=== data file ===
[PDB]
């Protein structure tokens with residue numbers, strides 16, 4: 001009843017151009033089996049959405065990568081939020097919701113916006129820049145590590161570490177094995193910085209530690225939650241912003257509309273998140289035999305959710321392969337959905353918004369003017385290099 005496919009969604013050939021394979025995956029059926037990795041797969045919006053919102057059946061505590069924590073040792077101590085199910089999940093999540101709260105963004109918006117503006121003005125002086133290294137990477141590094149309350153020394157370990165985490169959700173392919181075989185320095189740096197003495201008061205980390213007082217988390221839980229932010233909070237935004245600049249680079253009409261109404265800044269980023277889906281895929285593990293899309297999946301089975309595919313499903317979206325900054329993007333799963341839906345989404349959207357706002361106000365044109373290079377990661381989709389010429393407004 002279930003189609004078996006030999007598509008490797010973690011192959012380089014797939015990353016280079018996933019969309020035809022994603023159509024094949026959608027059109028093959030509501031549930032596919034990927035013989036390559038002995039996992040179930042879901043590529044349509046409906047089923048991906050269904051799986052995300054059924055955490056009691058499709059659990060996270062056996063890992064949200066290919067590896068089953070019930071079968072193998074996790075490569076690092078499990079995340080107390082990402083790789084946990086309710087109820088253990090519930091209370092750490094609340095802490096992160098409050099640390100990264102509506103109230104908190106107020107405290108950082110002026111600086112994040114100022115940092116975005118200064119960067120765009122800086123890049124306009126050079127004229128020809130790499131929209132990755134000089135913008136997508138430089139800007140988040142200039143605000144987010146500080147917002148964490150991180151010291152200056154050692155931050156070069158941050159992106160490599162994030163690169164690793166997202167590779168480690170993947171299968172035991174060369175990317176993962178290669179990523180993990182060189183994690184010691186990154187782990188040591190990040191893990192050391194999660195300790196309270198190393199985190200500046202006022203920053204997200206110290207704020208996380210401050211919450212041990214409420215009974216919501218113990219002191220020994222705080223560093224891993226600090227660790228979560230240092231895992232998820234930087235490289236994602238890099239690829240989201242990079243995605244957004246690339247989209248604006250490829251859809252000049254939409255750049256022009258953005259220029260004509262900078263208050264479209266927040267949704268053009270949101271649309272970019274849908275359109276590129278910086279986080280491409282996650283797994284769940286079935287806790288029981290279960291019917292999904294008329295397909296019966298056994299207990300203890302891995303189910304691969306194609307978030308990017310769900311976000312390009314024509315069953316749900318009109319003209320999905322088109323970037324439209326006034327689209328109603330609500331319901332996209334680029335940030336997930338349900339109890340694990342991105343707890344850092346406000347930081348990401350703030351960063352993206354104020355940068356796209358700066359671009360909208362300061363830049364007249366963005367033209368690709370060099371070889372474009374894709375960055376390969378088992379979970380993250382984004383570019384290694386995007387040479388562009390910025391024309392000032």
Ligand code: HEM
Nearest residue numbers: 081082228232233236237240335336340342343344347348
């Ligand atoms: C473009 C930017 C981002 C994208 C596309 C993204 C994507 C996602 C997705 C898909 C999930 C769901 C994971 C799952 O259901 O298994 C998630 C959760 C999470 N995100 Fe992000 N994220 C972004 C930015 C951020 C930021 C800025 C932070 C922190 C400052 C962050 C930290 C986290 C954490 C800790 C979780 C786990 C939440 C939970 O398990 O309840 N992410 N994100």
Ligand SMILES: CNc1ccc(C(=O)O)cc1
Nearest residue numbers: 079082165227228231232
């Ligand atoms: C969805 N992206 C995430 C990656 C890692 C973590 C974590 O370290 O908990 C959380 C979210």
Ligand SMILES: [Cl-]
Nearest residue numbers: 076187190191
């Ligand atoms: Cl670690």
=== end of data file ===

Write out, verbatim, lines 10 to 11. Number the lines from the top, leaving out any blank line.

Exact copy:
Nearest residue numbers: 076187190191
């Ligand atoms: Cl670690």